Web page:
The United States Court of Appeals for the Seventh Circuit recently issued a harsh opinion for lenders in In re: David L. Duckworth.  The case provides a startling example of the drastic consequences of failing to carefully proofread loan documents. 

In December of 2008, a borrower borrowed $1,100,000 from a lender.  The lender’s loan officer prepared a promissory note dated December 15, 2008, and a security agreement dated December 13, 2008, intending to secure the loan with a lien on the borrower’s crops and farm equipment.  The security agreement, however, erroneously referred to a note “dated December 13, 2008.” 

In 2010, the borrower filed a Chapter 7 bankruptcy.  The Chapter 7 trustee argued that the lender’s security agreement failed to grant an effective security interest in the crops and farm equipment because there was no note dated December 13, 2008.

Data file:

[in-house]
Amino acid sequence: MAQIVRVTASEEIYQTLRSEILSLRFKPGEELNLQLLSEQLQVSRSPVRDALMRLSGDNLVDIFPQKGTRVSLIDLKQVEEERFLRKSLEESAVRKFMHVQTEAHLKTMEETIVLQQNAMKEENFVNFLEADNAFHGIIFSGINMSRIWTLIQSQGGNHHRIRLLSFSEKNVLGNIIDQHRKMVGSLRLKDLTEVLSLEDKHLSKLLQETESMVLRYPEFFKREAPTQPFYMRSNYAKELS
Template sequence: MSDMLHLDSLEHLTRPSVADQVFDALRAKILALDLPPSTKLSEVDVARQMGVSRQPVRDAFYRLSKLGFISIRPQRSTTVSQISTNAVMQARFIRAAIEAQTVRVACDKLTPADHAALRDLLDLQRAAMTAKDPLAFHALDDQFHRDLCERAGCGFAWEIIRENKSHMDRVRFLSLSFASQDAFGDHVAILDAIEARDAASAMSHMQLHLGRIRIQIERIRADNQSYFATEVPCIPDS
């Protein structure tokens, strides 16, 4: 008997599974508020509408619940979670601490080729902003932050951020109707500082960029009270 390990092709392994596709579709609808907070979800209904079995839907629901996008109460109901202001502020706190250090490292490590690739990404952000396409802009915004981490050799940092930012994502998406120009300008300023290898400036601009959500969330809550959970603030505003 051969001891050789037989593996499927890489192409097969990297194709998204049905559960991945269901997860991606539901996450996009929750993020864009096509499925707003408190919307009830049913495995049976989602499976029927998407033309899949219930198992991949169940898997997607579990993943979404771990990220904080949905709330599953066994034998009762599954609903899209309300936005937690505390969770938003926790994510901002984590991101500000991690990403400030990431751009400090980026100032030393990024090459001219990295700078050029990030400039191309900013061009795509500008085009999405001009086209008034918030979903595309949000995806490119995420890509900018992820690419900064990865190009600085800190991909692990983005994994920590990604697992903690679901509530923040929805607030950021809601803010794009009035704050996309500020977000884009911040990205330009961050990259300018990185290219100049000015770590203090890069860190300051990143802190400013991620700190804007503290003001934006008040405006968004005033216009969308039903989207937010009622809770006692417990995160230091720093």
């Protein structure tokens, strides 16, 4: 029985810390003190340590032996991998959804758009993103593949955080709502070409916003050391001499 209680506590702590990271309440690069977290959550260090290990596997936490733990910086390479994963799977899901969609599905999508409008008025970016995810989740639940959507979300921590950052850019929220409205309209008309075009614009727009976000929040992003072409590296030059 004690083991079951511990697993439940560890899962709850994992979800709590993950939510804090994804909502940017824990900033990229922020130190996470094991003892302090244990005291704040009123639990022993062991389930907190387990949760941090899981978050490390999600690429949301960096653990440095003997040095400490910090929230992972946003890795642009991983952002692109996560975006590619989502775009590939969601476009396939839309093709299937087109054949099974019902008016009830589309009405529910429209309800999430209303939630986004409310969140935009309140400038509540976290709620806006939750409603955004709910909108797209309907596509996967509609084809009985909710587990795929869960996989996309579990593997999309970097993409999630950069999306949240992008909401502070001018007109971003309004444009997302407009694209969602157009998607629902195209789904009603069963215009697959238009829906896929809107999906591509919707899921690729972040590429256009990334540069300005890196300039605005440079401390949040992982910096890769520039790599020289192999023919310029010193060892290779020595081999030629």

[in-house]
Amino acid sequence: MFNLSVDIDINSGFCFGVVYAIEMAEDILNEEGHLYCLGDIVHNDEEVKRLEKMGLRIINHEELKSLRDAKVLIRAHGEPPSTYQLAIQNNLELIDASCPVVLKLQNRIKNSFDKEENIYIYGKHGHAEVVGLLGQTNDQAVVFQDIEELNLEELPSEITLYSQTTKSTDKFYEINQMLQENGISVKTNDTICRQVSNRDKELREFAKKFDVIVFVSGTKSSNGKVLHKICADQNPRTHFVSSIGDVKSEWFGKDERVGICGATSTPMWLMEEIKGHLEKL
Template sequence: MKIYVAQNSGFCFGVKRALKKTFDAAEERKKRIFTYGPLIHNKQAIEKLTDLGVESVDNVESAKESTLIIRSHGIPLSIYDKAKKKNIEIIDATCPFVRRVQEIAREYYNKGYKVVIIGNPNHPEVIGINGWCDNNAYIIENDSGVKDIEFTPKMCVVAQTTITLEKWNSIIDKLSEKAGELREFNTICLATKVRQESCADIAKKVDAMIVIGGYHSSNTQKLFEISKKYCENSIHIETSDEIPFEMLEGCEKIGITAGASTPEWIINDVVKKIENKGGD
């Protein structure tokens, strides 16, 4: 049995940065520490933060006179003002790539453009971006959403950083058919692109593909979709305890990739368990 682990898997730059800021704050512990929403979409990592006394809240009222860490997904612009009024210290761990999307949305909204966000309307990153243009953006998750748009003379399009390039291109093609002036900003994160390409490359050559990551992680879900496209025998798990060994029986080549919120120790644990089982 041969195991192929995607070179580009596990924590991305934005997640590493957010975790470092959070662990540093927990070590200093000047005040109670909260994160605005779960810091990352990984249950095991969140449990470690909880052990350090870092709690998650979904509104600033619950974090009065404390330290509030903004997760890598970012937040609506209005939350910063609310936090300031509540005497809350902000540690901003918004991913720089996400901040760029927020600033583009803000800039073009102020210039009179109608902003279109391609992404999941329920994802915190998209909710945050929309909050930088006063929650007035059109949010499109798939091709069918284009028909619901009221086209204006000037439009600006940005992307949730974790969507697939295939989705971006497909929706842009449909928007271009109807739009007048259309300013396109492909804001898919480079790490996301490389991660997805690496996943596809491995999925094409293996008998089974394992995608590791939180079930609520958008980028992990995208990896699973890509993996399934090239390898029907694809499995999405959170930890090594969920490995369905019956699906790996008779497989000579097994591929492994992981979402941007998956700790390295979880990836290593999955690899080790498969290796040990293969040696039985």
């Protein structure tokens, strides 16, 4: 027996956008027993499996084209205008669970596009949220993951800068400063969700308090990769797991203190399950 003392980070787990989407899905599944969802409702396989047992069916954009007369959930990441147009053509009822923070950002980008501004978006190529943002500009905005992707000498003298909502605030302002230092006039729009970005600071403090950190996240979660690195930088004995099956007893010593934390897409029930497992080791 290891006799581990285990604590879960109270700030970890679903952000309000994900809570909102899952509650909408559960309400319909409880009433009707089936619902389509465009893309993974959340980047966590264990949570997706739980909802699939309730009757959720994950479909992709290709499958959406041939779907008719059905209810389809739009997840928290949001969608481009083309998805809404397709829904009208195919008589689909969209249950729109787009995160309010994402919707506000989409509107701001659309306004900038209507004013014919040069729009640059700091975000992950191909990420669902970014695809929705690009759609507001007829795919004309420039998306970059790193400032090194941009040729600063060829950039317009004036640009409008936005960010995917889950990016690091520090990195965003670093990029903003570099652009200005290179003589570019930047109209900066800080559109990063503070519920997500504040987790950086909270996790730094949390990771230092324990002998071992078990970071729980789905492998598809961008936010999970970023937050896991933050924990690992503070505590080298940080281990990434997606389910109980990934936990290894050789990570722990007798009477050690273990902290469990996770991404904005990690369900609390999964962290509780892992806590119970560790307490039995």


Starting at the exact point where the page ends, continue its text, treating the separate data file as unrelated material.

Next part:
The court determined that the security agreement itself could not be construed to secure the December 15th note, because the date of the note given in the security agreement was unambiguous.  The court also held that the lender could not present any evidence to prove otherwise. The court explained that although the lender would have been permitted to use such evidence to correct the mistaken date in a suit against the borrower, it was not entitled to do so against the bankruptcy trustee.  Unlike the borrower, the Bankruptcy Code placed the trustee in the shoes of a third party judgment creditor.  Correction of the error in the document could not be done in the face of this “strong arm power.” 

The case demonstrates in a startling and dramatic way just how important careful documentation and proofreading are to protecting a lender’s interests.  Although decided in another state, the court relied upon UCC and Bankruptcy Code principles which are applicable in California.